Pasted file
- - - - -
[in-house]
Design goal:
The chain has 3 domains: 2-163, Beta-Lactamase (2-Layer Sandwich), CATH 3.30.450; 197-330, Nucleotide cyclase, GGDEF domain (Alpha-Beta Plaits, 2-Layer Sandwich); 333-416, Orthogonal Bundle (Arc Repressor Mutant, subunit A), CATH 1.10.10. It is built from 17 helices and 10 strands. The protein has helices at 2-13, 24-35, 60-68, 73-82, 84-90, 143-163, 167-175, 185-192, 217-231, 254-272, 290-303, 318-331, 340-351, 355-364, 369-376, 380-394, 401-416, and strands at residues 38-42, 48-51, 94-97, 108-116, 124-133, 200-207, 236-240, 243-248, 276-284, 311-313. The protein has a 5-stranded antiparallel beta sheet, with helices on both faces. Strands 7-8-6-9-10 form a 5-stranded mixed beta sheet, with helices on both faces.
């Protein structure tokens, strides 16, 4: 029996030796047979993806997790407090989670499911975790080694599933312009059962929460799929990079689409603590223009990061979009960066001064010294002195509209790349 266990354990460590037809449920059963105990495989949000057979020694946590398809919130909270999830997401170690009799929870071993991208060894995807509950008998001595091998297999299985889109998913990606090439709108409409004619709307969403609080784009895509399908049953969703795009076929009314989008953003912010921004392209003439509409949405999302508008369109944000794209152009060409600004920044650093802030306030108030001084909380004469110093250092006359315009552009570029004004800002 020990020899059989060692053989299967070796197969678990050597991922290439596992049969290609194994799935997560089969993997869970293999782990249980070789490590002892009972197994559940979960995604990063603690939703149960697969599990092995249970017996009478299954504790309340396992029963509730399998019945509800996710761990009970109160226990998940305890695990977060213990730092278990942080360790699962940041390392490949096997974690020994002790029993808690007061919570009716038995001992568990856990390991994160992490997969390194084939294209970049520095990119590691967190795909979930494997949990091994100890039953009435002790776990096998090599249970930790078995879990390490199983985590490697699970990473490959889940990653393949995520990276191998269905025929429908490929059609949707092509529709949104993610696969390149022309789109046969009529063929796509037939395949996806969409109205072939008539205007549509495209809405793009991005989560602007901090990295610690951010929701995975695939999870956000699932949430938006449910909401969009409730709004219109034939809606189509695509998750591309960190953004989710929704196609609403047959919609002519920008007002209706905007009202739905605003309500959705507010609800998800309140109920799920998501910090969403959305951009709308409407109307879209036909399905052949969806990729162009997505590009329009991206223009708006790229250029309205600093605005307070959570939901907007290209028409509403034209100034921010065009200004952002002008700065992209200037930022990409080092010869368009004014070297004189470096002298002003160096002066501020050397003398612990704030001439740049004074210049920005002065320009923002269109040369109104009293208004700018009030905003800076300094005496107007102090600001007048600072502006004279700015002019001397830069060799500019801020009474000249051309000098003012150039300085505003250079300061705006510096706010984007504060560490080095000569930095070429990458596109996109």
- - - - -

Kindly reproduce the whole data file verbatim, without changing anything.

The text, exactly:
[in-house]
Design goal:
The chain has 3 domains: 2-163, Beta-Lactamase (2-Layer Sandwich), CATH 3.30.450; 197-330, Nucleotide cyclase, GGDEF domain (Alpha-Beta Plaits, 2-Layer Sandwich); 333-416, Orthogonal Bundle (Arc Repressor Mutant, subunit A), CATH 1.10.10. It is built from 17 helices and 10 strands. The protein has helices at 2-13, 24-35, 60-68, 73-82, 84-90, 143-163, 167-175, 185-192, 217-231, 254-272, 290-303, 318-331, 340-351, 355-364, 369-376, 380-394, 401-416, and strands at residues 38-42, 48-51, 94-97, 108-116, 124-133, 200-207, 236-240, 243-248, 276-284, 311-313. The protein has a 5-stranded antiparallel beta sheet, with helices on both faces. Strands 7-8-6-9-10 form a 5-stranded mixed beta sheet, with helices on both faces.
């Protein structure tokens, strides 16, 4: 029996030796047979993806997790407090989670499911975790080694599933312009059962929460799929990079689409603590223009990061979009960066001064010294002195509209790349 266990354990460590037809449920059963105990495989949000057979020694946590398809919130909270999830997401170690009799929870071993991208060894995807509950008998001595091998297999299985889109998913990606090439709108409409004619709307969403609080784009895509399908049953969703795009076929009314989008953003912010921004392209003439509409949405999302508008369109944000794209152009060409600004920044650093802030306030108030001084909380004469110093250092006359315009552009570029004004800002 020990020899059989060692053989299967070796197969678990050597991922290439596992049969290609194994799935997560089969993997869970293999782990249980070789490590002892009972197994559940979960995604990063603690939703149960697969599990092995249970017996009478299954504790309340396992029963509730399998019945509800996710761990009970109160226990998940305890695990977060213990730092278990942080360790699962940041390392490949096997974690020994002790029993808690007061919570009716038995001992568990856990390991994160992490997969390194084939294209970049520095990119590691967190795909979930494997949990091994100890039953009435002790776990096998090599249970930790078995879990390490199983985590490697699970990473490959889940990653393949995520990276191998269905025929429908490929059609949707092509529709949104993610696969390149022309789109046969009529063929796509037939395949996806969409109205072939008539205007549509495209809405793009991005989560602007901090990295610690951010929701995975695939999870956000699932949430938006449910909401969009409730709004219109034939809606189509695509998750591309960190953004989710929704196609609403047959919609002519920008007002209706905007009202739905605003309500959705507010609800998800309140109920799920998501910090969403959305951009709308409407109307879209036909399905052949969806990729162009997505590009329009991206223009708006790229250029309205600093605005307070959570939901907007290209028409509403034209100034921010065009200004952002002008700065992209200037930022990409080092010869368009004014070297004189470096002298002003160096002066501020050397003398612990704030001439740049004074210049920005002065320009923002269109040369109104009293208004700018009030905003800076300094005496107007102090600001007048600072502006004279700015002019001397830069060799500019801020009474000249051309000098003012150039300085505003250079300061705006510096706010984007504060560490080095000569930095070429990458596109996109």